So that’s where we’re headed going forward. I find it an absolute joy to work with ratchet.js and would recommend to readers that they take a look. It’s a purely open-source project under the Apache 2 license. All of the source code is available on GitHub.

Grand Opening

Today our young company achieved its first major milestone. Today we officially launched our Cloud CMS platform. Today is our grand opening.

On this important day, I want to share with you a conversation that happened a few days ago between me and my mom.

“Son, tell me something about the project that you are working on. Explain to me why you think it will be a success.”, my mom asked.

While I consider my mom to be the most intelligent woman in the world, she has very little knowledge in computer or software.

It was a challenge for me to explain it in such a way that my mom could understand.

“Ma, just think we are builders and running a property management business. Our customers rent space from us while we will take care of their need for wifi, electricity, water, gas, AC etc. We are also their security guards and janitors. We even mow the yard and plow the snow for them.”

“When rent a room, all the plugs are there and they can start to build their own business just the way they want. They might be a department store, a restaurant, a barber shop or even something as small as a lemonade stand.”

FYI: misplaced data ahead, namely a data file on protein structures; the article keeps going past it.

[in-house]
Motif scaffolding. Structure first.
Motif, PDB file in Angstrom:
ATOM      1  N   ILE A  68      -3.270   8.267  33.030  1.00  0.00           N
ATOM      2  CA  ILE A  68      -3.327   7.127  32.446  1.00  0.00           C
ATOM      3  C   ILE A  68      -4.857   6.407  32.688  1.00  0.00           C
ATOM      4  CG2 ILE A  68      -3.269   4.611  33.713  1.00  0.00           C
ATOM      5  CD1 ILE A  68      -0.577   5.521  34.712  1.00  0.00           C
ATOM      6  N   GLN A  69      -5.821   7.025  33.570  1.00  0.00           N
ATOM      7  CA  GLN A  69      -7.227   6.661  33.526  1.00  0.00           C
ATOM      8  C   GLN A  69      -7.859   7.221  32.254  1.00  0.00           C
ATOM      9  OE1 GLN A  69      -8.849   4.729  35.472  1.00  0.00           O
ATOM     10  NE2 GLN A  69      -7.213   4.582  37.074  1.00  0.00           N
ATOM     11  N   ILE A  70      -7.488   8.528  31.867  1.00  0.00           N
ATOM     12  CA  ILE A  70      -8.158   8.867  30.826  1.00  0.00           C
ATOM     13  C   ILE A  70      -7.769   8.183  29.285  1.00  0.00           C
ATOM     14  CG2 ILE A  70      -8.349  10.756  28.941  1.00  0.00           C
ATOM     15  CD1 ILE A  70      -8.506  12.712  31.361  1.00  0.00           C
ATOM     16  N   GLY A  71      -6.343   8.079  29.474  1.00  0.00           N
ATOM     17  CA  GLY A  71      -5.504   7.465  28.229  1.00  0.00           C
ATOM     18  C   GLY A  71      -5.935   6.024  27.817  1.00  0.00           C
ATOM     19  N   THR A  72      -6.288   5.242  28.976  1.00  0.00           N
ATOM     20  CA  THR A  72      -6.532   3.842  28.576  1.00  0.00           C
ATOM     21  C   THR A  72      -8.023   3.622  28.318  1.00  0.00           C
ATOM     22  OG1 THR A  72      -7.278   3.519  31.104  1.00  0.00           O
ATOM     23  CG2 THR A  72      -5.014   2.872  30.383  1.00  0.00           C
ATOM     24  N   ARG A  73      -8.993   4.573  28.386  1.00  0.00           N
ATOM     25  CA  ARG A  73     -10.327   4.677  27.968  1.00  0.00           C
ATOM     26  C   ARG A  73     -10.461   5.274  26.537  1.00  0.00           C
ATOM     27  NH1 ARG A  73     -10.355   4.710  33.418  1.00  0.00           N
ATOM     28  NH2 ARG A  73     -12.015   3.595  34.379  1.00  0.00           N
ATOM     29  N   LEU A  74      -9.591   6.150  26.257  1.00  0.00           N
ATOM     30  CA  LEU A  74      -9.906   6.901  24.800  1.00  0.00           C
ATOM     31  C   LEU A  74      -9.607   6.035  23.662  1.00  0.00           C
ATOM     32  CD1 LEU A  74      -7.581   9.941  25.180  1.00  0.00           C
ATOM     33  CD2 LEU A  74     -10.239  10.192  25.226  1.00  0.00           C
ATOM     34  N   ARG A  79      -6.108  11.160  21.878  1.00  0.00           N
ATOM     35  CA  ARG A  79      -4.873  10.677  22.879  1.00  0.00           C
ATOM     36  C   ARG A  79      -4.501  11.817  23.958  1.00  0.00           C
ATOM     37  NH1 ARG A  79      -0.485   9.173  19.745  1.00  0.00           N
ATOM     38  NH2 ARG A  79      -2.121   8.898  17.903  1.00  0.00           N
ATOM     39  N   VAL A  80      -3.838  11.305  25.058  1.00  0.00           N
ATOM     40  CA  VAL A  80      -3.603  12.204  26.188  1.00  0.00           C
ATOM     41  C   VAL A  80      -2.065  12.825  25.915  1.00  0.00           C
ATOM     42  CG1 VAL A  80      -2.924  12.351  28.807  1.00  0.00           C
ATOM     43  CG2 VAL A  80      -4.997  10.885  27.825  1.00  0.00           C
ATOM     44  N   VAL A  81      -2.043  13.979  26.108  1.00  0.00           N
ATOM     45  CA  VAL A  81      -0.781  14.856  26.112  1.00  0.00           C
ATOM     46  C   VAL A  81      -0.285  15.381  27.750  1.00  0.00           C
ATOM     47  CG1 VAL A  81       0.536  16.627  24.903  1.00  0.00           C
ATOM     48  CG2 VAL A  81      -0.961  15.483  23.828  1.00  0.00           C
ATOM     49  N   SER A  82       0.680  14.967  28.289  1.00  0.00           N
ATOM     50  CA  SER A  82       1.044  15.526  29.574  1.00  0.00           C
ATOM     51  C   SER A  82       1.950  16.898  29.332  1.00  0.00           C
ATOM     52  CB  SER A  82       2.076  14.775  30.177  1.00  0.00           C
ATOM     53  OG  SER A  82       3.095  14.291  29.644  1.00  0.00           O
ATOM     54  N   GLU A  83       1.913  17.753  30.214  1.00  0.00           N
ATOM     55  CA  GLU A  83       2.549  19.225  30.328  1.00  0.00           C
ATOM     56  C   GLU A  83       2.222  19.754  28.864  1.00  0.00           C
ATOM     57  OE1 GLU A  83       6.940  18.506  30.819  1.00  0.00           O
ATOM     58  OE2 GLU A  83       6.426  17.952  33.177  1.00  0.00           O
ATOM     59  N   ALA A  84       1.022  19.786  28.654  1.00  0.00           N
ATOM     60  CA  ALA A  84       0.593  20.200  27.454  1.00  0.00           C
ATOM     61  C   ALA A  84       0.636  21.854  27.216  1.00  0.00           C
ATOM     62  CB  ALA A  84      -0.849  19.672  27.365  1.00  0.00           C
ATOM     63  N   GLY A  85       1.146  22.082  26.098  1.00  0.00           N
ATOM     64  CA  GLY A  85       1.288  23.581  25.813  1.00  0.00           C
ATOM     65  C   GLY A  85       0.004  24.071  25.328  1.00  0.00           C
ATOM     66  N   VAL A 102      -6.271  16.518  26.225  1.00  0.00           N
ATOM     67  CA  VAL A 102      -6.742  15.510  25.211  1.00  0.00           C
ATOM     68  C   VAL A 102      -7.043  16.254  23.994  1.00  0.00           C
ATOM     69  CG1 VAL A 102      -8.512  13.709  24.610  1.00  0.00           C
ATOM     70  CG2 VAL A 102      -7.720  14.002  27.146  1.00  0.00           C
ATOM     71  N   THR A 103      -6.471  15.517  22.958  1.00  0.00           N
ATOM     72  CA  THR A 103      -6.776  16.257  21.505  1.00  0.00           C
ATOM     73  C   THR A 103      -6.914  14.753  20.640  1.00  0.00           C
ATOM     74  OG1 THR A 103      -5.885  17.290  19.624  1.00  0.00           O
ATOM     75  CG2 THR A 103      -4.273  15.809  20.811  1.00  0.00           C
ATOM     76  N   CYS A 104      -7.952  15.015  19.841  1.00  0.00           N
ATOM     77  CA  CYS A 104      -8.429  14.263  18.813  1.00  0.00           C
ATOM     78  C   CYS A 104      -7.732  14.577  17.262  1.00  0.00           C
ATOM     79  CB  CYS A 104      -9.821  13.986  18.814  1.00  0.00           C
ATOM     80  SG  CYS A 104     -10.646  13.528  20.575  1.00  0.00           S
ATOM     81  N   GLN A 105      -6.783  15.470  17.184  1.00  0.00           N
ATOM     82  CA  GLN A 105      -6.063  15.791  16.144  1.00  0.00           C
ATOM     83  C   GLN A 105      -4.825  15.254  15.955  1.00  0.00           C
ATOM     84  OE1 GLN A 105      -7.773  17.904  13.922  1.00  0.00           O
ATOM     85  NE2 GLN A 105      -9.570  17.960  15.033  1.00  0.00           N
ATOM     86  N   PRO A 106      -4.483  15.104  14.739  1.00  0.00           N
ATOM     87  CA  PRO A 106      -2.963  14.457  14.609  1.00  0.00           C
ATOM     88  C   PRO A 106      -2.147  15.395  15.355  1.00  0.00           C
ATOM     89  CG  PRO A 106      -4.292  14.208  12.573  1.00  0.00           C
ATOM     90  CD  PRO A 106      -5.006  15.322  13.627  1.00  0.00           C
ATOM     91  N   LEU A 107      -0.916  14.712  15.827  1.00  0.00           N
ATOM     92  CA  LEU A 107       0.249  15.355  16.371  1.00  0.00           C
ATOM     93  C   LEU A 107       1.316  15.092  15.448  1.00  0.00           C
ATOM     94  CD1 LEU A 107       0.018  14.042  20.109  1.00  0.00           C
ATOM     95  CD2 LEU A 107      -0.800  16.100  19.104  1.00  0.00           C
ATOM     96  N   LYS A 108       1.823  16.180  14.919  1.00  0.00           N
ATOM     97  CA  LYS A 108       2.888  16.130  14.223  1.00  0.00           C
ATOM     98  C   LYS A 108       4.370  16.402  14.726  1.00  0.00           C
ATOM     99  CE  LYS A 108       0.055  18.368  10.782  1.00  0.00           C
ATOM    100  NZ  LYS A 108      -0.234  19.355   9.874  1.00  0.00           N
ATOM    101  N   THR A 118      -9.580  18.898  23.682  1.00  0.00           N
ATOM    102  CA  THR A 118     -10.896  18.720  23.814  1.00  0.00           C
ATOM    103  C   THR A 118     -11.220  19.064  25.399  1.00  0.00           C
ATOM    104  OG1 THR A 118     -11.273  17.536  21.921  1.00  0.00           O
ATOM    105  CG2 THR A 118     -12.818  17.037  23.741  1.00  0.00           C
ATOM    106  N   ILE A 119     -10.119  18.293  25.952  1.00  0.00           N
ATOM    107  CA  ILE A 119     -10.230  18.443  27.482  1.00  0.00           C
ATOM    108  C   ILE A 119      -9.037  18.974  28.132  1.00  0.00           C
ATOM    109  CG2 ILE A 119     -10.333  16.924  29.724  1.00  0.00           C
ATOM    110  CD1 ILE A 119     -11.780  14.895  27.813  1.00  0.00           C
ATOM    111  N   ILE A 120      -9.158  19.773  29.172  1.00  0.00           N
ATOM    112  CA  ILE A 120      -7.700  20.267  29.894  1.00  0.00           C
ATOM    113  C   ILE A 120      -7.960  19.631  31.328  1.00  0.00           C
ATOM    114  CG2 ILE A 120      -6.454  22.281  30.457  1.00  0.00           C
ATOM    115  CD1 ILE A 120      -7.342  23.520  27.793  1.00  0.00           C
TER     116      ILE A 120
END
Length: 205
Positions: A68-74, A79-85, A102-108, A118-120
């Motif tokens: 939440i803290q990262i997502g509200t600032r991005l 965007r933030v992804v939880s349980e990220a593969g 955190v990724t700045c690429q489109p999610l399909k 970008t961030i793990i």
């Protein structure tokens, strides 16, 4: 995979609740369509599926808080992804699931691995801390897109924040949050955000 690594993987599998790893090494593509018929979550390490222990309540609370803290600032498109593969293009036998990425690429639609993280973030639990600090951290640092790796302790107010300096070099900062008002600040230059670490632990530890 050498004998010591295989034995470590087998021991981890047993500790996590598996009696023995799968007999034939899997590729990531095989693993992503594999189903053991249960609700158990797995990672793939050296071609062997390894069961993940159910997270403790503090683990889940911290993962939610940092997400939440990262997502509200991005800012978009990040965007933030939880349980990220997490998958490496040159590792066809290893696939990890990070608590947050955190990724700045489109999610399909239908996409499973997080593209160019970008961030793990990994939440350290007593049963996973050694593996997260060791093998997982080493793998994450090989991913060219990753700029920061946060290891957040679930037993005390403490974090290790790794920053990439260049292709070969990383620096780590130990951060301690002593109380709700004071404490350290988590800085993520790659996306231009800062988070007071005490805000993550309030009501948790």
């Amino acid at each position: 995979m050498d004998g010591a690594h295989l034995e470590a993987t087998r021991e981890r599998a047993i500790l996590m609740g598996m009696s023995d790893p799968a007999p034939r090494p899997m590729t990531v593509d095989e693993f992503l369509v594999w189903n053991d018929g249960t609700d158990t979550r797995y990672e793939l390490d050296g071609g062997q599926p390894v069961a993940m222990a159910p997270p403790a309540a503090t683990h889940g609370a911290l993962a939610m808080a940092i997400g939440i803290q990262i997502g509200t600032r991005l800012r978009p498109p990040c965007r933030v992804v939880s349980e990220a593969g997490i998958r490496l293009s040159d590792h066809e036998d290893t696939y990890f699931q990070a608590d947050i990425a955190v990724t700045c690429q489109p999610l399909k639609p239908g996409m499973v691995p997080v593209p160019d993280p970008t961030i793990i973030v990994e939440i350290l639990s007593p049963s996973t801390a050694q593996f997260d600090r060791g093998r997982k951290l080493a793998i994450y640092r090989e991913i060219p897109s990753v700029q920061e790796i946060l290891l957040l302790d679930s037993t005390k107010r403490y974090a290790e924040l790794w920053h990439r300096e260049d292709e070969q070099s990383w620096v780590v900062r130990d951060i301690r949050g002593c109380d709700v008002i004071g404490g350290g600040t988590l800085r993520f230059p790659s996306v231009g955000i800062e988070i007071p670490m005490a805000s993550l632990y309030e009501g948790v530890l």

“They will only pay for the utilities and the space they rent. If they need more space or plugs, they can have them right the way. When they don’t need them, they won’t need to pay for them.”

“Since we are experts in constructing buildings, producing high-quality and friendly plugs, and all maintenance work, we can make things very cost effective for our customers and still make a healthy profit. Our customers can then focus on the things that they are good at and leave the utility stuff to us.”
“Another really cool thing is that our customers can also sub-lease their space to their own customers. And their customers can enjoy the exact same service as they have. They can bill their own customers any way they wish while we will only charge them based on the reading of their utility meter.”

“This is something that nobody else can provide today.”

My mom seemed to get what I said. She nodded her head and said

“Son, I know you are doing the right thing and I wish for it to be a big success!”

I believe that is what we have produced. It is a unique platform that brings fresh air to the CMS and Cloud space.

I hope you will share our vision and passion and give our Cloud CMS a try.